What Is the Difference Between Object Oriented Programming and Structured Programming?
When it comes to programming paradigms, two of the most widely used approaches are object-oriented programming (OOP) and structured programming. While both aim to solve problems in software development, they differ in their fundamental principles and methodologies.
Structured programming is a procedural programming paradigm that focuses on breaking down a program into smaller, more manageable structures called functions or procedures. These functions execute sequentially, with control flow being managed by control structures like loops and conditionals.
- Procedural: In structured programming, programs are built around procedures or routines that perform specific tasks. These procedures can be executed in a linear manner, with one instruction following another.
- Top-down approach: The top-down approach involves dividing the program into smaller modules and then solving each module separately.
This enables better organization and easier debugging of code.
- Inherent simplicity: Structured programming focuses on simplicity and clarity of code. It promotes the use of control structures like if-else statements and loops to ensure efficient execution.
Object-oriented programming (OOP), on the other hand, is a programming paradigm that revolves around objects. An object is an instance of a class, which encapsulates both data (attributes) and behavior (methods). OOP aims to model real-world entities as objects that interact with each other.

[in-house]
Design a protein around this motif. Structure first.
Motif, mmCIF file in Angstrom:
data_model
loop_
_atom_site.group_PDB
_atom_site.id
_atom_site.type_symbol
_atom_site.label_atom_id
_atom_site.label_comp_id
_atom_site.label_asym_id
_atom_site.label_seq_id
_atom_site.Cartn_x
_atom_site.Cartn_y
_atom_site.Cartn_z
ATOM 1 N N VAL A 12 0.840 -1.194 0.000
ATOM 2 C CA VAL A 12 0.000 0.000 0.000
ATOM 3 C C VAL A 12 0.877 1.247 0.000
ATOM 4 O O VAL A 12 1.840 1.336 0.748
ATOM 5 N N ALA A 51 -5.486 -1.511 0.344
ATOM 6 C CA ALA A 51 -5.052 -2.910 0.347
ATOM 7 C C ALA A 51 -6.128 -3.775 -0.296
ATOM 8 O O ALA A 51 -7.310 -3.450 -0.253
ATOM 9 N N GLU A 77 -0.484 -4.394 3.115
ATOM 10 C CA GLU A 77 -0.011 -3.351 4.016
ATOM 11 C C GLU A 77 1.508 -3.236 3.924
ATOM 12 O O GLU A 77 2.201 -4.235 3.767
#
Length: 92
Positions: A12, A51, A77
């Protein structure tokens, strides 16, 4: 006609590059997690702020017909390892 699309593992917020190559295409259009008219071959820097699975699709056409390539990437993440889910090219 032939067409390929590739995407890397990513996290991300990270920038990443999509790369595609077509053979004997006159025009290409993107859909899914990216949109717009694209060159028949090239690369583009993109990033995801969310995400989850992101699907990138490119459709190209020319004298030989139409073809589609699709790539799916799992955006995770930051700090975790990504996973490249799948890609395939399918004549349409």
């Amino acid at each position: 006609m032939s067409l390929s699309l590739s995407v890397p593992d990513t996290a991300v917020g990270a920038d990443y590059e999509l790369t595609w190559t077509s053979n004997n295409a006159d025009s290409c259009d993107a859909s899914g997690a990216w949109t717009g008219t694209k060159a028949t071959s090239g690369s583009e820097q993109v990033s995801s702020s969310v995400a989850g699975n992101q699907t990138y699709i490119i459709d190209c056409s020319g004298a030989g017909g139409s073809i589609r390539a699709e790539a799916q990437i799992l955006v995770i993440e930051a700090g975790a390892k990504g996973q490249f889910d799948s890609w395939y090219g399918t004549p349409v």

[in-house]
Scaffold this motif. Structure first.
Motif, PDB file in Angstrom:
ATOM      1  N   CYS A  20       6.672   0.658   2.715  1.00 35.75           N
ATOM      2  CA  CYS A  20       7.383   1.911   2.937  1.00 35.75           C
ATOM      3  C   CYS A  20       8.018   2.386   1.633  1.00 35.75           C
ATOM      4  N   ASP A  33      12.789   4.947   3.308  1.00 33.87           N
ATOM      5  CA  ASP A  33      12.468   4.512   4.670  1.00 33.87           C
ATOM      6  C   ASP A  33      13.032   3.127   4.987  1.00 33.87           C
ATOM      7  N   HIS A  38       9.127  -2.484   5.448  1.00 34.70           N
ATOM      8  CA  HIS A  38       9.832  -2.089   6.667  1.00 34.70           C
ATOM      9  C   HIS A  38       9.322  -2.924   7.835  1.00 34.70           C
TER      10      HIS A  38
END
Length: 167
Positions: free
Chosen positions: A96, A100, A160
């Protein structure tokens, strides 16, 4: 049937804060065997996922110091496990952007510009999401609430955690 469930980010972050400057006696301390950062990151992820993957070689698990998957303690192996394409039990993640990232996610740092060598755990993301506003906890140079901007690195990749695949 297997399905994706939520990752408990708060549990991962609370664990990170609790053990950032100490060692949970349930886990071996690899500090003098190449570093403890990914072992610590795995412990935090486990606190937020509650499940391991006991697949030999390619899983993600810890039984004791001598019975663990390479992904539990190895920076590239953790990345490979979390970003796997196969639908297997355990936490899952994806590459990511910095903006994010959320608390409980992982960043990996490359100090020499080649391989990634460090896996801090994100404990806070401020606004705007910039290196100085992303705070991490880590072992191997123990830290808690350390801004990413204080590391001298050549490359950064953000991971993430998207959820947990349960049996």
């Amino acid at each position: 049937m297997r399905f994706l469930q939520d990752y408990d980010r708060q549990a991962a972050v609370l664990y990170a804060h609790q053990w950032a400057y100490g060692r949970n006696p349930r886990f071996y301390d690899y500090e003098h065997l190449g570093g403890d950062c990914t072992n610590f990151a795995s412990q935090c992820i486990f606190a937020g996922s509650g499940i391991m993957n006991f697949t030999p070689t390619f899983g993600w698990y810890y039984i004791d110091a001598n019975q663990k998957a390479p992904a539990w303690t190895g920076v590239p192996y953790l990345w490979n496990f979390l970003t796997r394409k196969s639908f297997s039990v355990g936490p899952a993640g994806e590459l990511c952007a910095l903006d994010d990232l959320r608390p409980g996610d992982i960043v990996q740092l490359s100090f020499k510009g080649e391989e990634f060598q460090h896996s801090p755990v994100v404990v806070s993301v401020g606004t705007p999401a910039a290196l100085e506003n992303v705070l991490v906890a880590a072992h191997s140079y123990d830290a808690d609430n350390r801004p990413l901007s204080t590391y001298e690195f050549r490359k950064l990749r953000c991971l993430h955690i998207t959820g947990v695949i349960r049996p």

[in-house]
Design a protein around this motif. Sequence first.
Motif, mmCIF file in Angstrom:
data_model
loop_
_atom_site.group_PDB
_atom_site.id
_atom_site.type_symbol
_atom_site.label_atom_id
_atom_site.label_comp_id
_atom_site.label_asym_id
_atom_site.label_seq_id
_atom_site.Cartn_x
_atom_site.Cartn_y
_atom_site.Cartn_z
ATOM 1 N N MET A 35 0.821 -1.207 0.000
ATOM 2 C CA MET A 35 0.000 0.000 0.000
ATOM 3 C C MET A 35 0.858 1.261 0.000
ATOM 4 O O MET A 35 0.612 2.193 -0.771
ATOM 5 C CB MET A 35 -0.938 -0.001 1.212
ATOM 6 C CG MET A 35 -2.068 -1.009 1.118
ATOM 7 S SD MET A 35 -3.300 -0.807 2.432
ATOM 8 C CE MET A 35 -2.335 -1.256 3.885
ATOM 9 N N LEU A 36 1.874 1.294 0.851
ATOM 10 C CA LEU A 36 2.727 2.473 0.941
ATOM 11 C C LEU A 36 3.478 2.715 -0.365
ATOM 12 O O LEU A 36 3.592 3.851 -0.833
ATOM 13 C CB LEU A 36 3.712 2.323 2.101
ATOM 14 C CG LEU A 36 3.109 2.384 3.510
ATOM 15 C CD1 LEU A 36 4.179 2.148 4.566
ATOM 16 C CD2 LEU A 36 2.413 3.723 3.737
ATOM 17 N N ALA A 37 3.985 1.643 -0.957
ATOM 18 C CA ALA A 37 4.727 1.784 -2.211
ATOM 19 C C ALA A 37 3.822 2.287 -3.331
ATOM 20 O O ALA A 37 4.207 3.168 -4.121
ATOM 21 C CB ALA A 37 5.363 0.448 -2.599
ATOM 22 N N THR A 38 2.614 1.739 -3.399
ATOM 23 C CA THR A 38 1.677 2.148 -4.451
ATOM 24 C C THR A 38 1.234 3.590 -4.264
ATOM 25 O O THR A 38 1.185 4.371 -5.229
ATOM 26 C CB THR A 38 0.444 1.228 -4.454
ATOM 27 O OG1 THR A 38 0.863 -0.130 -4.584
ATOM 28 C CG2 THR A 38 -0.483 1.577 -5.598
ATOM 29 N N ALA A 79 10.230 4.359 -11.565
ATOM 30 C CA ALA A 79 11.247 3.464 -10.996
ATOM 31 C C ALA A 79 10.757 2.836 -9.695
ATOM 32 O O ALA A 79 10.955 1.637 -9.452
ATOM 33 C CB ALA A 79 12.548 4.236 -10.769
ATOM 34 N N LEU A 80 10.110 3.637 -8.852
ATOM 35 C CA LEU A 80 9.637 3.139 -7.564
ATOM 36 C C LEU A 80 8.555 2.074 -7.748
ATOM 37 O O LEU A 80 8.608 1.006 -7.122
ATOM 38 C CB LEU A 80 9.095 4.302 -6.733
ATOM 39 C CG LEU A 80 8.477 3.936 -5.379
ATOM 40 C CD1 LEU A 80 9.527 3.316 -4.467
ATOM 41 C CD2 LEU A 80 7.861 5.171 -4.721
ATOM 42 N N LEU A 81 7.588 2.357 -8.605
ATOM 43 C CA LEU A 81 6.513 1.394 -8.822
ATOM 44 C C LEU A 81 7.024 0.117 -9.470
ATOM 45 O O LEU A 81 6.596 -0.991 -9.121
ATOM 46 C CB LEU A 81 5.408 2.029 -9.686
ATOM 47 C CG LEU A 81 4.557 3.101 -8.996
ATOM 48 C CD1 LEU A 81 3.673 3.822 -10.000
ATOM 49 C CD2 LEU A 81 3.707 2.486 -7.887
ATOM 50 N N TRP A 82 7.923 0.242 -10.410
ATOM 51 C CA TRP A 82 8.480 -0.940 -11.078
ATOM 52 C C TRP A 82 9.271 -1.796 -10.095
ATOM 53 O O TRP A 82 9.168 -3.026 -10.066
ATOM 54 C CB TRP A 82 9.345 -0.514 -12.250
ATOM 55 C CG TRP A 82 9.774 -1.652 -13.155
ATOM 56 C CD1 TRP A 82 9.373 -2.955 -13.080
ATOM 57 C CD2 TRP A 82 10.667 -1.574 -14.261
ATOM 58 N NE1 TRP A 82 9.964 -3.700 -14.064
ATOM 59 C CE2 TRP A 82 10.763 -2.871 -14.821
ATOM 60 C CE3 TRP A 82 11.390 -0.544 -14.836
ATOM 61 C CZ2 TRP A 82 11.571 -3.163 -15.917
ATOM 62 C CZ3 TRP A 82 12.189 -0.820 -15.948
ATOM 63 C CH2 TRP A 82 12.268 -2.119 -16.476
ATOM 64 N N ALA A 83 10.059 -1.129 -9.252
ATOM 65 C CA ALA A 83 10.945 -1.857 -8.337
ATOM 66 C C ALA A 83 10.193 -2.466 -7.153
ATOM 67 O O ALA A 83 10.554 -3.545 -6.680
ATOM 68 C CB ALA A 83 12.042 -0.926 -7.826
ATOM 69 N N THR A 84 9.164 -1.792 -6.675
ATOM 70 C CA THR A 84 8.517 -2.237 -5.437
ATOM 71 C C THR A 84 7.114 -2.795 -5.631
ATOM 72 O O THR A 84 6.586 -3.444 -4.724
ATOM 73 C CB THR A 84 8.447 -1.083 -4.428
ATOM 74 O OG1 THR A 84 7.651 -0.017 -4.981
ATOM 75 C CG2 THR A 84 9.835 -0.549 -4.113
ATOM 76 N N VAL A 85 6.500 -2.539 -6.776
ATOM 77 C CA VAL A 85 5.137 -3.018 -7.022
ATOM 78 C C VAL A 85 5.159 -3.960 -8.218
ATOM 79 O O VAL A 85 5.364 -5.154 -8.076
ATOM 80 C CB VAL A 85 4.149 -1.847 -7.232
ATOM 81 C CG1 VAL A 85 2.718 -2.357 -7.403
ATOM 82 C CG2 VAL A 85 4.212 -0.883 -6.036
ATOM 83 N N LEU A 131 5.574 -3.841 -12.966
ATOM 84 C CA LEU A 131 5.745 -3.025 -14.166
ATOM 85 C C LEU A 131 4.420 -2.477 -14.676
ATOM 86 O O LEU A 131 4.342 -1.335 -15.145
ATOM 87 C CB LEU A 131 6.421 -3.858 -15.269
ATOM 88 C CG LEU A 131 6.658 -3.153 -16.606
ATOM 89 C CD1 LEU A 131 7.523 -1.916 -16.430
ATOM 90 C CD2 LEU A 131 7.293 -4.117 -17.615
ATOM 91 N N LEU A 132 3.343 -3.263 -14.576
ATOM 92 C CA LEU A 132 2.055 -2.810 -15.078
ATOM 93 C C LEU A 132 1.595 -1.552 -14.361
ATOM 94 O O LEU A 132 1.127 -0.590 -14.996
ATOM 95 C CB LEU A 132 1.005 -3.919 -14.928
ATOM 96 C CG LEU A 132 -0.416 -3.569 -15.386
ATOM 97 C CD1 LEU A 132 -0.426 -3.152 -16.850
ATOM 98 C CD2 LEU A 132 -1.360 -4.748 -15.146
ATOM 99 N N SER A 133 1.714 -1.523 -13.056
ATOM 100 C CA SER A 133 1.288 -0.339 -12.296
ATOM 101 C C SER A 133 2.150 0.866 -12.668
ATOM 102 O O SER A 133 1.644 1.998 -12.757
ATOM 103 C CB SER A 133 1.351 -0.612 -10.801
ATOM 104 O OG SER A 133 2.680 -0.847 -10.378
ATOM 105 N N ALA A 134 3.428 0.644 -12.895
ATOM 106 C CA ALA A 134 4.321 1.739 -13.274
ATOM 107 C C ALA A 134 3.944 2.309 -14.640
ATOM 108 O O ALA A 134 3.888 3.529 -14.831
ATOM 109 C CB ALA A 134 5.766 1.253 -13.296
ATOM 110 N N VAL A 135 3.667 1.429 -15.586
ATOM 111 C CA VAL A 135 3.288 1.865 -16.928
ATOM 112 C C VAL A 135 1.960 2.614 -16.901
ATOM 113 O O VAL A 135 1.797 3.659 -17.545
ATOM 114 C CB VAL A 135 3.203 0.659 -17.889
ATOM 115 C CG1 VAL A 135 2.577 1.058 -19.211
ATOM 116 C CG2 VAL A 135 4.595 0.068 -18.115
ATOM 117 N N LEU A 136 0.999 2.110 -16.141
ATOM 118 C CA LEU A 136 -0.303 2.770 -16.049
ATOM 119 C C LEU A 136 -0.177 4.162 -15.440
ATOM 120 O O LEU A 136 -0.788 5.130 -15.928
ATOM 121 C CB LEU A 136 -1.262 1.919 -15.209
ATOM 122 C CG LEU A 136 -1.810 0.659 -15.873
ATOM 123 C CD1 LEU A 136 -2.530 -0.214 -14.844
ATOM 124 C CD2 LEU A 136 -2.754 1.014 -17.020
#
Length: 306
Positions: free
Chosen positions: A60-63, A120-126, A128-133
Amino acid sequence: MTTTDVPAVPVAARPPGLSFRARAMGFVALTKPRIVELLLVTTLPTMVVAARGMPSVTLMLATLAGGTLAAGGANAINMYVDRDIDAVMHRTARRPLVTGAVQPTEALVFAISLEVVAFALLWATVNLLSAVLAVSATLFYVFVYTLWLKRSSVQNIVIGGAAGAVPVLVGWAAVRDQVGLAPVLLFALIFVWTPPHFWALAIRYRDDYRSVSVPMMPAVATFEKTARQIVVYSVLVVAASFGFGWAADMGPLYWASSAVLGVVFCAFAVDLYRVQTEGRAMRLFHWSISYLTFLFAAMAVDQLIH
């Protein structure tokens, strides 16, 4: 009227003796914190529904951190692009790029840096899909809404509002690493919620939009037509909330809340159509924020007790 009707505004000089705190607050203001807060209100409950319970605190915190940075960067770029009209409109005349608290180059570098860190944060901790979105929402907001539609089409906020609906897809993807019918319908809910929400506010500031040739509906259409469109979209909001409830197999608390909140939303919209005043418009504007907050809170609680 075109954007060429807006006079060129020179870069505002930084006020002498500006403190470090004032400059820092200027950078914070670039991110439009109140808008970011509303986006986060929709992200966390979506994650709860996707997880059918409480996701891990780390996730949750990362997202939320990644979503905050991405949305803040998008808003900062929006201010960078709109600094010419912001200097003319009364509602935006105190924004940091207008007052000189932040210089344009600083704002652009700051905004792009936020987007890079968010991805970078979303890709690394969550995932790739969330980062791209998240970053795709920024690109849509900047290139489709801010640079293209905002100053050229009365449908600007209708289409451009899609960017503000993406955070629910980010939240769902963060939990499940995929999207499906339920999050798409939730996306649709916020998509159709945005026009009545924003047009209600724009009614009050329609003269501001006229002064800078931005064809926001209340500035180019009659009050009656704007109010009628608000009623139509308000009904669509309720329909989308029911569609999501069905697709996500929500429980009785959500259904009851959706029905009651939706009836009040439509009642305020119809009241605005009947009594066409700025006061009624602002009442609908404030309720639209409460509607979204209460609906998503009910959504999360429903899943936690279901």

- Objects and classes: In OOP, programs are built around classes, which serve as blueprints for creating objects. Each object has its own set of attributes and behaviors defined by the class.
- Encapsulation and data hiding: OOP encourages encapsulation, which means bundling data and related methods together to hide internal implementation details.
This helps in achieving data security and code reusability.
- Inheritance and polymorphism: Inheritance allows classes to inherit properties and behaviors from other classes, promoting code reuse. Polymorphism enables objects of different classes to be treated as instances of a common superclass, providing flexibility in program design.
Differences Between Structured Programming and Object-Oriented Programming:
Now that we have discussed the key concepts of both paradigms, let’s highlight the main differences between structured programming and object-oriented programming:
- Approach: Structured programming follows a procedural approach, where programs are divided into functions or procedures. Object-oriented programming takes an object-centric approach, focusing on creating objects that interact with each other.
- Data organization: Structured programming organizes data using simple variables or arrays.
Object-oriented programming organizes data using objects that encapsulate both data (attributes) and behavior (methods).
- Code reusability: In structured programming, code reuse is limited to functions or procedures. In object-oriented programming, code reuse is facilitated through inheritance, where subclasses inherit properties and behaviors from parent classes.
- Data hiding and encapsulation: Structured programming does not emphasize data hiding or encapsulation. Object-oriented programming promotes these concepts by bundling related data and methods within an object.
In conclusion, while both structured programming and object-oriented programming aim to solve problems in software development, they differ in their approach, data organization, code reusability, and emphasis on concepts like data hiding and encapsulation. Choosing the right programming paradigm depends on the specific requirements of the project and the preferences of the developer.